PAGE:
The Guest Who Gets Invited Back

What’s it like to be a guest at a OneTable dinner? We’ll pose that question to some of our guests, so you can see the range of experiences that bring people to our table.

For Gil, Friday nights can be about putting together a dinner for friends or joining them where they are as a guest. This week he’s hosting to celebrate moving to a new apartment!

I grew up in Los Angeles going to the same synagogue with a big group of people, so I have this really great community that’s my age, and well keep in touch. So when I moved to New York for college – I went to a joint program at Columbia and the Jewish Theological Seminary – I hooked up with other friends who had moved. That was a no-brainer.”

Yet it was a newer college friend who introduced me to my frist OneTable dinner. She said there was this thing called the “Startup Shabbat,” which was what it was called at the time, and I was like,” What’s the catch? What Torah study are they going to make me do?” But it really was just that they wanted us to have dinner and enjoy each other’s presence. And that’s something I really appreciate. It builds community and there’s food. That’s never a bad thing.

I grew up Conservative, but we didn’t keep Shabbat. I kept it for about a year and a half during high school, all on my own. I mean, my parents are Israeli and wanted me to have some kind of Jewish education, but they had no idea I would become so involved. I did Camp Ramah, I was in (Jewish fraternity) AEPi, and the Jewish communal aspect was always important to me. And for me, OneTable was the perfect thing for that.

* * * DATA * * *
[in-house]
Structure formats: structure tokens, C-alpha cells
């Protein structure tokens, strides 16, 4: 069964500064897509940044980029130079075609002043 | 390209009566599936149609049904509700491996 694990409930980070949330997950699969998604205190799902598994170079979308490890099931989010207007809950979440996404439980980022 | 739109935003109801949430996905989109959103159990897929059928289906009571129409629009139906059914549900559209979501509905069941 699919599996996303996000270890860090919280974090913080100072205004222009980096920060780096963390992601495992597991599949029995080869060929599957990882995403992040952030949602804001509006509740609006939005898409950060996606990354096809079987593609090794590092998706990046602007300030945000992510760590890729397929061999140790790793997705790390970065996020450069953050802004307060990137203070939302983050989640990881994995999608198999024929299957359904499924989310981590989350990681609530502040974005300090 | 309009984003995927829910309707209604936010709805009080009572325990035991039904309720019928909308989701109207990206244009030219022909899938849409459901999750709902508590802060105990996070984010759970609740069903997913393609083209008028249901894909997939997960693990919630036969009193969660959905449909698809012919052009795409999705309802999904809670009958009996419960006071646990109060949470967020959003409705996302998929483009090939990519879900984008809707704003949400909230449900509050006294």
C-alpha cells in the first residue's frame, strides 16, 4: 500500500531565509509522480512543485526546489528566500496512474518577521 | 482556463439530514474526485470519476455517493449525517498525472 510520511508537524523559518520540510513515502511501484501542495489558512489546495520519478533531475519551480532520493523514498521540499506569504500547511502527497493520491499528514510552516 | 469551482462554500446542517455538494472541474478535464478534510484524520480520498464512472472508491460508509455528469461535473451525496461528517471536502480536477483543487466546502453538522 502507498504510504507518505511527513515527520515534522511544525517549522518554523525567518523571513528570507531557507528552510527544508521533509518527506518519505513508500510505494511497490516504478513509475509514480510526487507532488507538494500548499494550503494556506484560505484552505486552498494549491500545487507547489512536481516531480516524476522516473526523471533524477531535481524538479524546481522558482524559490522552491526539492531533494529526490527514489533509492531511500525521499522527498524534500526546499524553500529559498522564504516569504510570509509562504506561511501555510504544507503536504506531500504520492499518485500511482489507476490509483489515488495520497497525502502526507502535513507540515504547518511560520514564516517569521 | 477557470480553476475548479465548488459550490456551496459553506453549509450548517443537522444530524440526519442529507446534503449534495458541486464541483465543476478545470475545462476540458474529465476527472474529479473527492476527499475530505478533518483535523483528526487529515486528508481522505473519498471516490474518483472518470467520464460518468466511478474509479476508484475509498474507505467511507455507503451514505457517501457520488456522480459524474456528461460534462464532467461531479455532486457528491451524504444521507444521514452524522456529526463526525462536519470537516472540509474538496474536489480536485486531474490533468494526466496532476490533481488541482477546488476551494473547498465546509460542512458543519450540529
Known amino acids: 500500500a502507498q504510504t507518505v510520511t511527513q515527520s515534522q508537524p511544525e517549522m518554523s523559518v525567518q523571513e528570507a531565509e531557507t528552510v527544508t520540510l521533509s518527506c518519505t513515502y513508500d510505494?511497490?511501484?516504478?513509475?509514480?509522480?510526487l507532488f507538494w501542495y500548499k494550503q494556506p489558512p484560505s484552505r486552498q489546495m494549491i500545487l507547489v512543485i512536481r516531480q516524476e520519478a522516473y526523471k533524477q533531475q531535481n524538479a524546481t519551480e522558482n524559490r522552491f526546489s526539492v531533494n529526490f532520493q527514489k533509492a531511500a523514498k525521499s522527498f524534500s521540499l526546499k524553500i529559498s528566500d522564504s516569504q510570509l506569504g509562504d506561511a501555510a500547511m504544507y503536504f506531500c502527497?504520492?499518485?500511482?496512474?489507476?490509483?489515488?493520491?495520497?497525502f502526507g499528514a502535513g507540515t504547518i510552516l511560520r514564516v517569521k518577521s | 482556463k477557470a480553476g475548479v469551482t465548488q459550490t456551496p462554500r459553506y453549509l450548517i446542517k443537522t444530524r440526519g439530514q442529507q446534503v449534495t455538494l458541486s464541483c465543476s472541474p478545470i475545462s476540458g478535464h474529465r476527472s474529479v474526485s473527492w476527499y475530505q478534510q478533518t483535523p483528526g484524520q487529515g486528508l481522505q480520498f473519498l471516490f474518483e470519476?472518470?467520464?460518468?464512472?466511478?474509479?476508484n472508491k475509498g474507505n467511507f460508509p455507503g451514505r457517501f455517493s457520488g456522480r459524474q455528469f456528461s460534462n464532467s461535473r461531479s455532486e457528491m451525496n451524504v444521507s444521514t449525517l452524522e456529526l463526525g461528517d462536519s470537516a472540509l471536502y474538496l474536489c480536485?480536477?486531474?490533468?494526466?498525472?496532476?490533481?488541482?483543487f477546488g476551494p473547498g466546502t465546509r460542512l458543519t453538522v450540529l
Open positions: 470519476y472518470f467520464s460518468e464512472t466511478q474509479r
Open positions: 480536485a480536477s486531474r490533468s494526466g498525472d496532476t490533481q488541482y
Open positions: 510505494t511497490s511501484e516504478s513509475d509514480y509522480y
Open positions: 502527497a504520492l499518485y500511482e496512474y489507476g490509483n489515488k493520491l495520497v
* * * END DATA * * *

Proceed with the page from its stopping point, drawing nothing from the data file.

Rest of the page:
The first one I went to just felt like so nice! I had just graduated and hadn’t seen some of the people in a while, and it was the perfect way to reconnect. It was nice, we had common ground, and everything else just came naturally.

I don’t get nervous about them – the OneTable dinners are casual, fun and exciting. I don’t need to worry, I don’t need to stress, I just show up and have a good time. There’s not too much I can improve on from that. I’ll do it again, without a doubt. There’s no reason not to.

How you can get involved:

OneTable empowers people who don’t yet have a consistent Shabbat dinner practice to build one that feels authentic, sustainable, and valuable. The OneTable community is funded to support people (21-39ish), not in undergraduate studies, and without an existing weekly Shabbat practice, looking to find and share this powerful experience.

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